As Quirk says: "With an average house price close to rivalling that of the capital, Cambridge is no doubt paying the price for an over inflated market during 2016. As prices spiral beyond affordability, a fall in demand by the average Cambridge homeowner will always result in an annual drop in prices."

In fourth place - and the worst in Wales - is Ceredigion. Wales as a whole has seen a slump in the property market, but has shown signs of recovery towards the back end of 2016. Unfortunately this wasn't enough to comfort homeowners in Ceredigion as prices have fallen by 3.49% in the past year.

London has fared reasonably well over the past 12 months - except for prime areas of the market, where prices have taken a bit of a beating. Hammersmith and Fulham has suffered as some of the posher parts of the borough have seen prices fall. Overall, prices are down 2.1% - making it the worst-performing part of the Capital.

By contrast, the study found that overall house prices have fared well. Across the United Kingdom it found that the average property price is now £204,919 - and is up 7.41% over the past 12 months. England has generally performed better than Scotland and Wales - and has seen rises of 7.5% in that time.

The top 10 worst performers:
City of Aberdeen -9.81%
Inverclyde -7.63%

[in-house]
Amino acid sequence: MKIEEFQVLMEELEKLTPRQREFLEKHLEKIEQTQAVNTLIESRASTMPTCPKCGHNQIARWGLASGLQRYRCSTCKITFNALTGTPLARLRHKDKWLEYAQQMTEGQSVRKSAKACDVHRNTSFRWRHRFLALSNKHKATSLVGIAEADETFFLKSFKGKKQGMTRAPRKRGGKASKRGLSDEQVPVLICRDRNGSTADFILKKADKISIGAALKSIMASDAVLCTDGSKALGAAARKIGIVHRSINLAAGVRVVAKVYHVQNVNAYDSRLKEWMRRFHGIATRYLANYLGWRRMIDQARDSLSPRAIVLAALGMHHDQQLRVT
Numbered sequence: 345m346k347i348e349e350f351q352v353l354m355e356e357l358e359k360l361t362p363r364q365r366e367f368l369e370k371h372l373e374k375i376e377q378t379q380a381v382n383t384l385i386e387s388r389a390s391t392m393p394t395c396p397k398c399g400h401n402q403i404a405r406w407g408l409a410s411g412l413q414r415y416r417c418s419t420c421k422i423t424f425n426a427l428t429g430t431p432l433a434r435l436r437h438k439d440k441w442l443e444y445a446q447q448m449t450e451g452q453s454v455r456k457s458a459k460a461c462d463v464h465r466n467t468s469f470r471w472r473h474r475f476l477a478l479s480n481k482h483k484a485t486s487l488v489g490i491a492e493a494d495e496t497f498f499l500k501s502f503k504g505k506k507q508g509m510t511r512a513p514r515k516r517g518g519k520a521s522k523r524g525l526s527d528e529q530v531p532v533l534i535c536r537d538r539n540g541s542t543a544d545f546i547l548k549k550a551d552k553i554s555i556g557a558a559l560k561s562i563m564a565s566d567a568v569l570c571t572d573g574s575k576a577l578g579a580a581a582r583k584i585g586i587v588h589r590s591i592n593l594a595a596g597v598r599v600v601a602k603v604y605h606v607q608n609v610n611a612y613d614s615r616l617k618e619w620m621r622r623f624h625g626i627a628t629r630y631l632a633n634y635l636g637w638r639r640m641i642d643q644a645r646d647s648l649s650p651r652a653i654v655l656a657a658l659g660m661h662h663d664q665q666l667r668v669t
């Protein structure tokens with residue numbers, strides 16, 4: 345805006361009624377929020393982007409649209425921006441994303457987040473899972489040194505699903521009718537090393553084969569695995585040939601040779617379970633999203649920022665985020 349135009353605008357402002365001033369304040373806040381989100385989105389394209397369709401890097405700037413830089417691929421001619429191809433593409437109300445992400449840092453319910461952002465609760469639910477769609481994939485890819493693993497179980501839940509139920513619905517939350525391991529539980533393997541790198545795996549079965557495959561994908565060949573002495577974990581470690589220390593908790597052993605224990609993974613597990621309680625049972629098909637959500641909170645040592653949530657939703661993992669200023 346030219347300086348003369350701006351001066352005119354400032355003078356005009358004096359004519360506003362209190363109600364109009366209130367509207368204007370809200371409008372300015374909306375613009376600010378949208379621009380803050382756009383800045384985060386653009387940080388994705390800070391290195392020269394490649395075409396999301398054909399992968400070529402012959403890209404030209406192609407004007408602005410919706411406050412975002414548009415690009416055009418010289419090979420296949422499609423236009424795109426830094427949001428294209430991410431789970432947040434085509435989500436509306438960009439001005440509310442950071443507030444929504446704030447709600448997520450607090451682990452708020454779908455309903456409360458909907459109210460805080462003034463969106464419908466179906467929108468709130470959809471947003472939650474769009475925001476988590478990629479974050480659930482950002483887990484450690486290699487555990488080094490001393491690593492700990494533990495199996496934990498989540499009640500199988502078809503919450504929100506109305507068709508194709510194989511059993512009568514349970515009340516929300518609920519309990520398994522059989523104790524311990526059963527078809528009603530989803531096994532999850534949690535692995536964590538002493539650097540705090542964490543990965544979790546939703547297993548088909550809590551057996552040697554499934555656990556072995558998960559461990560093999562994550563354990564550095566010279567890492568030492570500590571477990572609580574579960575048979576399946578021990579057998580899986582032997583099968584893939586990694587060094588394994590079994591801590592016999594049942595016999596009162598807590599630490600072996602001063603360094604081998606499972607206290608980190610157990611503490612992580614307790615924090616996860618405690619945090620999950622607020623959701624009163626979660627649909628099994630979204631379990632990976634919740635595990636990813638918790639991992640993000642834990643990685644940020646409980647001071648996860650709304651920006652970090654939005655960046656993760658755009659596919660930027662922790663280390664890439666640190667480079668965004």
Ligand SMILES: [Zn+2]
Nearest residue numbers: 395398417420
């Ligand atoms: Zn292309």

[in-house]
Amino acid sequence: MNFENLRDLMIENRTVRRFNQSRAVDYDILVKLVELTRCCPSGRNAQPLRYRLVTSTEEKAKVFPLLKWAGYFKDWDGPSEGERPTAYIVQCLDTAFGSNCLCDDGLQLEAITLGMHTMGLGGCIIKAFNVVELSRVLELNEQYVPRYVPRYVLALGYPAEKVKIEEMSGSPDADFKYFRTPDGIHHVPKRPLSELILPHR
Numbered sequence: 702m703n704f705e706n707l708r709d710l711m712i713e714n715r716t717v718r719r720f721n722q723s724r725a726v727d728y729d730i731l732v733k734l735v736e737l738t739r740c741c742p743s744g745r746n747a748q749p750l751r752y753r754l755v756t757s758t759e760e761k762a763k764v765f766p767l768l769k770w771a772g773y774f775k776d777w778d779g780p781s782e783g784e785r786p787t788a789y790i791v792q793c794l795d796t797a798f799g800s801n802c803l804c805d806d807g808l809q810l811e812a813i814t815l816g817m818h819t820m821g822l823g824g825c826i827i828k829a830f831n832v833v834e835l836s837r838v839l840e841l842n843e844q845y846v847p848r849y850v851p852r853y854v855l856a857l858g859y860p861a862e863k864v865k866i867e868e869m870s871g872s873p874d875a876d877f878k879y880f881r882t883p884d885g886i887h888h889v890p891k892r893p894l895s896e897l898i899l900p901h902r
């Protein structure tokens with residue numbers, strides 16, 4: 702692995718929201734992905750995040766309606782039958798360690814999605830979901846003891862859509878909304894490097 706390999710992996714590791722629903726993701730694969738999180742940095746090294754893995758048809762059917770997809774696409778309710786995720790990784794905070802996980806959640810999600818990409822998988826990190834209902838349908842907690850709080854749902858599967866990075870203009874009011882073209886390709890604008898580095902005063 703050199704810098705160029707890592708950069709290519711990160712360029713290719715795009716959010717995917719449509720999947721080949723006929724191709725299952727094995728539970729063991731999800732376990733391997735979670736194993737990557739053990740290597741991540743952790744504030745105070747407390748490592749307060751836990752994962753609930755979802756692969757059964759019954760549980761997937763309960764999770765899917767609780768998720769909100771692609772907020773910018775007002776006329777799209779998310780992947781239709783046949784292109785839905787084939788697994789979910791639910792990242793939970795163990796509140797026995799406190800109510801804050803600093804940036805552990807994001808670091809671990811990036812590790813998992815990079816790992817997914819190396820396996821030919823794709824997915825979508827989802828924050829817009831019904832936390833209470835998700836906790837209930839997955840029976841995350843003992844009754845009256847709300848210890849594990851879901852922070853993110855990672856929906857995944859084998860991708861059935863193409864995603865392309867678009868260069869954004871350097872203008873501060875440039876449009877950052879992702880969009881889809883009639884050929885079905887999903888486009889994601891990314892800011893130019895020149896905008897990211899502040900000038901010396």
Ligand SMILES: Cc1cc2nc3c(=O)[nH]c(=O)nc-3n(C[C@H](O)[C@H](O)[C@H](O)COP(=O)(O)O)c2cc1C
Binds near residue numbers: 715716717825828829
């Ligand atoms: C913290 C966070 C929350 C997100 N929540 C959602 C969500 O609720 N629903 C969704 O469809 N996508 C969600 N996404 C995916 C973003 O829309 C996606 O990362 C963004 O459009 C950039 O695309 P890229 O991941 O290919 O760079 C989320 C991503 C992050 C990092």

Cambridge -5.12%
Ceredigion -3.49%
Aberdeenshire -3.48%
Eden- -3.05%
Copeland -2.66%
Hammersmith & Fulham -2.1%
North Ayrshire -2.03%
Merthyr Tydfil -1.51%

Most viewed property of the year
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Most viewed property of the year
This unassuming three-bedroom detached house in Martins Heron in Berkshire doesn’t immediately look like the kind of property to draw the crowds. However, the fact it was used as Harry Potter’s home in the first of the films means we were intrigued to see inside this £475,000 property that was ideal for commuting.
This was an impressive seven-bedroom home in Upper Denby, on the market for £1.3 million - with plenty of rustic charm and a wood-burning stove. However, we all know the real reason this made it to the list of the most-viewed properties: it’s the enormous play area complete with pirate ship that you can just catch sight of through the lounge window.
This five bedroom relatively newly-built mansion has every whistle and bell you could wish for - from a cinema and games room to a gym, swimming pool, and a dining room that’s big enough for a grand piano in the corner. It’s still on the market for £1.05 million, and is right next to Lincoln Golf course if you fancy playing a round.